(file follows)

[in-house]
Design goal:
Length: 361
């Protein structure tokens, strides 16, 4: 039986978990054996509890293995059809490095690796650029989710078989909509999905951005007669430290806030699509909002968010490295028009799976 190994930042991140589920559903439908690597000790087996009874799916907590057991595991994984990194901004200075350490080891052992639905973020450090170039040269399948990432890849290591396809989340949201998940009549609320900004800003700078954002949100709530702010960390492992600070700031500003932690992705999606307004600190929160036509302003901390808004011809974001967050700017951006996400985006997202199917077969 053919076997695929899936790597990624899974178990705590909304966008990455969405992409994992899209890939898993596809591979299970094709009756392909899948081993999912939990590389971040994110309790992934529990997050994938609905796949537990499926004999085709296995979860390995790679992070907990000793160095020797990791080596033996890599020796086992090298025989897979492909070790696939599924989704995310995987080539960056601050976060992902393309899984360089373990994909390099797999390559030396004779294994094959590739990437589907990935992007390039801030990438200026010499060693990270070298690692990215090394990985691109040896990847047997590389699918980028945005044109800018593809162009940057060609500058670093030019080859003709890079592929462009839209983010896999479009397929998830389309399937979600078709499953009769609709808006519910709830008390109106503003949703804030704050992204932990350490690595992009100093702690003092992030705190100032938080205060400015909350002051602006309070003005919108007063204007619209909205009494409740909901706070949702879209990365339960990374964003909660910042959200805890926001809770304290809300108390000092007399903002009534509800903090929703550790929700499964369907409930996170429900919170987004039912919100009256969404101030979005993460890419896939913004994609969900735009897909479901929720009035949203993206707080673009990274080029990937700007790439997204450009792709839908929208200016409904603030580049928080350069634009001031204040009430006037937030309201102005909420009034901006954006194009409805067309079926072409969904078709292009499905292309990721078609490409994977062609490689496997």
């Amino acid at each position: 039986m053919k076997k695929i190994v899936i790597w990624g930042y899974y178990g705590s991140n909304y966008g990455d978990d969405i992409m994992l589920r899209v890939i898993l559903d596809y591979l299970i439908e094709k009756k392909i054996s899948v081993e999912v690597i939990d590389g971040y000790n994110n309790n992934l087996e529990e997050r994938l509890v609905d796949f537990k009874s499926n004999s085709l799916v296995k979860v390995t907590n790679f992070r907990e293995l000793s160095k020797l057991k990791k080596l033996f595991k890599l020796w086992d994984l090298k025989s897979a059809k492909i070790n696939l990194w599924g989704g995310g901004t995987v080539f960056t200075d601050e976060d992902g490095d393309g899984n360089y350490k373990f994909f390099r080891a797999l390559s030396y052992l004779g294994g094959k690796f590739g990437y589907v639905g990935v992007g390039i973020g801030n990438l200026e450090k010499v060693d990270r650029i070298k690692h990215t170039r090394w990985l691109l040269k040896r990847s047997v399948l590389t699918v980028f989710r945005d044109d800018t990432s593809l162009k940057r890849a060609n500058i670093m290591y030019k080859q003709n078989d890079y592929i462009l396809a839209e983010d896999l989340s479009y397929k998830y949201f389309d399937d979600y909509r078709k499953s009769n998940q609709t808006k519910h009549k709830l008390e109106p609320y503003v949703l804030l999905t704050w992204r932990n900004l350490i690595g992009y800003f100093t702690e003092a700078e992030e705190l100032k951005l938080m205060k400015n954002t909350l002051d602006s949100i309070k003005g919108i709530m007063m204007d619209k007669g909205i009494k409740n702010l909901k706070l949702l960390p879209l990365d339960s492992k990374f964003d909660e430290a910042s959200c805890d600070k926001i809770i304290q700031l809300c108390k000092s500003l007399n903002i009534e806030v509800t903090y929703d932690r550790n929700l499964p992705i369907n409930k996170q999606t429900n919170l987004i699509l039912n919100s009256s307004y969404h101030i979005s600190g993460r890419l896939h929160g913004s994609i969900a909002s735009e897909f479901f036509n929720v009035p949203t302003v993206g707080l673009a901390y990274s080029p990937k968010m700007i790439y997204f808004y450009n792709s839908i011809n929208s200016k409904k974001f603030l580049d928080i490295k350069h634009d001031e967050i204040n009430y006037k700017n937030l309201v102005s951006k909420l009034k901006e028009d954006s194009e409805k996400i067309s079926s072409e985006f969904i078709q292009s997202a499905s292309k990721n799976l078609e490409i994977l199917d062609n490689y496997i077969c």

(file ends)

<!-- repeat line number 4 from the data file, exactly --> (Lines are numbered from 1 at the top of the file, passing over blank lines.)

């Protein structure tokens, strides 16, 4: 039986978990054996509890293995059809490095690796650029989710078989909509999905951005007669430290806030699509909002968010490295028009799976 190994930042991140589920559903439908690597000790087996009874799916907590057991595991994984990194901004200075350490080891052992639905973020450090170039040269399948990432890849290591396809989340949201998940009549609320900004800003700078954002949100709530702010960390492992600070700031500003932690992705999606307004600190929160036509302003901390808004011809974001967050700017951006996400985006997202199917077969 053919076997695929899936790597990624899974178990705590909304966008990455969405992409994992899209890939898993596809591979299970094709009756392909899948081993999912939990590389971040994110309790992934529990997050994938609905796949537990499926004999085709296995979860390995790679992070907990000793160095020797990791080596033996890599020796086992090298025989897979492909070790696939599924989704995310995987080539960056601050976060992902393309899984360089373990994909390099797999390559030396004779294994094959590739990437589907990935992007390039801030990438200026010499060693990270070298690692990215090394990985691109040896990847047997590389699918980028945005044109800018593809162009940057060609500058670093030019080859003709890079592929462009839209983010896999479009397929998830389309399937979600078709499953009769609709808006519910709830008390109106503003949703804030704050992204932990350490690595992009100093702690003092992030705190100032938080205060400015909350002051602006309070003005919108007063204007619209909205009494409740909901706070949702879209990365339960990374964003909660910042959200805890926001809770304290809300108390000092007399903002009534509800903090929703550790929700499964369907409930996170429900919170987004039912919100009256969404101030979005993460890419896939913004994609969900735009897909479901929720009035949203993206707080673009990274080029990937700007790439997204450009792709839908929208200016409904603030580049928080350069634009001031204040009430006037937030309201102005909420009034901006954006194009409805067309079926072409969904078709292009499905292309990721078609490409994977062609490689496997």